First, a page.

CAPE CANAVERAL, Fla. -- Chuck Hardison, the production and ground operations manager of The Boeing Co.'s Commercial Crew Transportation System, talks to media about plans to take NASA astronauts to the Internat... more

CAPE CANAVERAL, Fla. -- The pressurized vessel of The Boeing Co.'s Commercial Crew Transportation System, which could take NASA astronauts to the International Space Station, is on display in Orbiter Processing Facility-3 (OPF-3) at NASA's Kennedy Space Center in Florida. Boeing is maturing its CST-100 spacecraft design for NASA's Commercial Crew Program (CCP) under the Commercial Crew Development Round 2 (CCDev2) activities. Boeing's current design shows the CST-100 taking up to seven astronauts and cargo to the space station or other low Earth orbit destinations by the middle of the decade. Through an agreement with NASA and Space Florida, Boeing is leasing OPF-3, the Processing Control Facility (PCC) and Space Shuttle Main Engine Shop at Kennedy to design, manufacture, process and integrate the CST-100. This work is expected to generate up to 550 engineering and technical jobs for Florida's Space Coast. Chuck Hardison, Boeing's production and ground operations manager, explained that the CST-100 will be manufactured using a spin-form technology, which is expected to bring down the cost and safety concerns of a traditional welded spacecraft. It's innovations such as this that CCP hopes will drive down the cost of space travel as well as open up space to more people than ever before. Seven aerospace companies are maturing launch vehicle and spacecraft designs under CCDev2, including Alliant Techsystems Inc. (ATK) of Promontory, Utah, Blue Origin of Kent, Wash., The Boeing Co., of Houston, Excalibur Almaz Inc. of Houston, Sierra Nevada Corp. of Louisville, Colo., Space Exploration Technologies (SpaceX) of Hawthorne, Calif., and United Launch Alliance (ULA) of Centennial, Colo. For more information, visit www.nasa.gov/exploration/commercial Photo credit: Jim Grossmann KSC-2011-7883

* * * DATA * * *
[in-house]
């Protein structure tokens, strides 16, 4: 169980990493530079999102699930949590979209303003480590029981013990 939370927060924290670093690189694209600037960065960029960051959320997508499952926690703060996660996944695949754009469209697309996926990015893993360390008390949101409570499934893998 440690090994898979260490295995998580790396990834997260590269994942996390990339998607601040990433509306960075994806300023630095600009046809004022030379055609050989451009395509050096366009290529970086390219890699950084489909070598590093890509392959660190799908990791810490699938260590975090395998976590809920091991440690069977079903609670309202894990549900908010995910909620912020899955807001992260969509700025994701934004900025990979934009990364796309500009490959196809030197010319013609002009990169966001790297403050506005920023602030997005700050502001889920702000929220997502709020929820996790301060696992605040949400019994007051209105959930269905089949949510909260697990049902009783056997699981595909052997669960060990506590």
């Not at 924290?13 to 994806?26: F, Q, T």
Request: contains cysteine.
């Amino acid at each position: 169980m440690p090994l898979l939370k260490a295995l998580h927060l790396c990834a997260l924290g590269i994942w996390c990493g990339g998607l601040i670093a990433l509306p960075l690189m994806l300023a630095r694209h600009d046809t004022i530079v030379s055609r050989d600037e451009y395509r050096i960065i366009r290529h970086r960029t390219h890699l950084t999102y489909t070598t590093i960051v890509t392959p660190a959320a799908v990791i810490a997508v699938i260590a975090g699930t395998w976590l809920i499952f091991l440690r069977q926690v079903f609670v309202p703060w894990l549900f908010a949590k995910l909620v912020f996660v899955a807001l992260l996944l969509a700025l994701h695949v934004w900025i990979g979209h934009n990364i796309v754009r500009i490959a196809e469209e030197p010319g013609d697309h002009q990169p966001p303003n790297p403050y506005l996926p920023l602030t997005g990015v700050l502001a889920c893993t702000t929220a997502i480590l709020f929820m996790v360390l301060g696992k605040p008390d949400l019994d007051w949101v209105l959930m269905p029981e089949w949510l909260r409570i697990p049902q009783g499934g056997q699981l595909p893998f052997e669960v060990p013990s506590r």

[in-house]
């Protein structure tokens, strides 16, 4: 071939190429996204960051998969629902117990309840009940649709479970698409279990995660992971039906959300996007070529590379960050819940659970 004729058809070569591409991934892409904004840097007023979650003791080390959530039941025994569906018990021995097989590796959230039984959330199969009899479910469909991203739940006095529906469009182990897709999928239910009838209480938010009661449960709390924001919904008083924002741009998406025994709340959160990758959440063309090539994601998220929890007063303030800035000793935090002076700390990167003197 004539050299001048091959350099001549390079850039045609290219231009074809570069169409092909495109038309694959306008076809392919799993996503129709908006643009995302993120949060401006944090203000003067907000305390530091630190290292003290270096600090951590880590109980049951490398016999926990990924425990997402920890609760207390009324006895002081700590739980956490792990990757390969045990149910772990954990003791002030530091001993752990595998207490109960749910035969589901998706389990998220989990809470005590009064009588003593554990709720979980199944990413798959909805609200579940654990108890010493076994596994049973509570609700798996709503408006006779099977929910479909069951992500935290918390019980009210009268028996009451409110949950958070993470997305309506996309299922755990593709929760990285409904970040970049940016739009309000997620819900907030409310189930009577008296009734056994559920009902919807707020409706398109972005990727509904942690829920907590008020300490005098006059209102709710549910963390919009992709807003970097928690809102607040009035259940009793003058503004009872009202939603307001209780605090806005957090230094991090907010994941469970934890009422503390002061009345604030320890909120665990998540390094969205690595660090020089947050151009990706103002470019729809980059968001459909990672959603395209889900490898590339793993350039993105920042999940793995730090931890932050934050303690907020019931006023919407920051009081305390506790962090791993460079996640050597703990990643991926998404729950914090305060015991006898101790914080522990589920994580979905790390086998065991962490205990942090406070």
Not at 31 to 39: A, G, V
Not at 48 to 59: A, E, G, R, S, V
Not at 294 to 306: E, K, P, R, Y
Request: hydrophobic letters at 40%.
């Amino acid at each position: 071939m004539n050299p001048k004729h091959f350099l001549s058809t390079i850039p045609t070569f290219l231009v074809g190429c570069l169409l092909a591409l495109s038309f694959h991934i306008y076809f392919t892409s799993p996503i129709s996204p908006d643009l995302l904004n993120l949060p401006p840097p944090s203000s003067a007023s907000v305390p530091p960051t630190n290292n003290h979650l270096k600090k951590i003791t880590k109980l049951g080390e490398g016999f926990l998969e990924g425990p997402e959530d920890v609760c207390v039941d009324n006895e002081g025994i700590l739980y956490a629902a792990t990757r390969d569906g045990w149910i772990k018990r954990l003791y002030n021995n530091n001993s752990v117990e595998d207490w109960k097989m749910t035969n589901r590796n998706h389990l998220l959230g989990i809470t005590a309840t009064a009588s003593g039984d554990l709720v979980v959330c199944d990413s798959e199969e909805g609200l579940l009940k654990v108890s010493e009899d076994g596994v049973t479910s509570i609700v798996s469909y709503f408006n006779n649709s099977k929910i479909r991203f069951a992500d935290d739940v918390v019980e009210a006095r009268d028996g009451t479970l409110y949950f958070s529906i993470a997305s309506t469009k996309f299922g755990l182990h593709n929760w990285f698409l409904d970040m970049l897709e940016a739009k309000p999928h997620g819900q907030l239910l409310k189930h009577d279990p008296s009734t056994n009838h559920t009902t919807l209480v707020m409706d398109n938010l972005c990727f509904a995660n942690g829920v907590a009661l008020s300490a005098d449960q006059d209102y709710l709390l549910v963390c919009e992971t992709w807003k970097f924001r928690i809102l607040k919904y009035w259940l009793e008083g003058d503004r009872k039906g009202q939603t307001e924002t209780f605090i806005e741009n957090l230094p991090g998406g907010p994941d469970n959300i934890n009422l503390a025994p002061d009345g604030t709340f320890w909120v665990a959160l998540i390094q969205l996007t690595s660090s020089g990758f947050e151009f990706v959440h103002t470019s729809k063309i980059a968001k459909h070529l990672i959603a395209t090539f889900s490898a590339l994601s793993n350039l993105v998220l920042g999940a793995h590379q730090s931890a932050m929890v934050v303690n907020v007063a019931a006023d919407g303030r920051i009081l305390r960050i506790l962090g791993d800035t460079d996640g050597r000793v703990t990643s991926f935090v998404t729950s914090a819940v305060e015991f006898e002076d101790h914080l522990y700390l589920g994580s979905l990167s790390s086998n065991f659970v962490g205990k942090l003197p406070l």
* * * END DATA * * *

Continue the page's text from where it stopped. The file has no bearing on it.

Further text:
CAPE CANAVERAL, Fla. -- The pressurized vessel of The Boeing Co.'s Commercial Crew Transportation System, which could take NASA astronauts to the International Space Station, is on display in Orbiter Processing... more

CAPE CANAVERAL, Fla. -- Media learn about the plans Space Exploration Technologies Corp. (SpaceX) has to take NASA astronauts to the International Space Station at Space Launch Complex-40 on Cape Canaveral Air Force Station. SpaceX is working to make its Falcon 9 rocket and Dragon capsule safe for humans for NASA's Commercial Crew Program (CCP) under the Commercial Crew Development Round 2 (CCDev2) activities. SpaceX already is developing these systems under NASA's Commercial Orbital Transportation System (COTS) Program to take supplies to the space station. Scott Henderson, director of SpaceX mission assurance, explained that the company is drafting designs to make the Dragon capsule crew-capable with life support systems while meeting CCP's safety requirements. One such option under discussion is a launch abort system that would push astronauts away from the launch pad in the event of an emergency, which is different than traditional pull systems. It's the freedom to develop innovative solutions such as this that CCP hopes will drive down the cost of space travel as well as open up space to more people than ever before. CCP, which is based at NASA's Kennedy Space Center in Florida, partnered with seven aerospace companies to mature launch vehicle and spacecraft designs under CCDev2, including Alliant Techsystems Inc. (ATK) of Promontory, Utah, Blue Origin of Kent, Wash., The Boeing Co., of Houston, Excalibur Almaz Inc. of Houston, Sierra Nevada Corp. of Louisville, Colo., Space Exploration Technologies (SpaceX) of Hawthorne, Calif., and United Launch Alliance (ULA) of Centennial, Colo. For more information, visit www.nasa.gov/exploration/commercial Photo credit: Jim Grossmann KSC-2011-7885

CAPE CANAVERAL, Fla. -- Media learn about the plans Space Exploration Technologies Corp. (SpaceX) has to take NASA astronauts to the International Space Station at Space Launch Complex-40 on Cape Canaveral Air ... more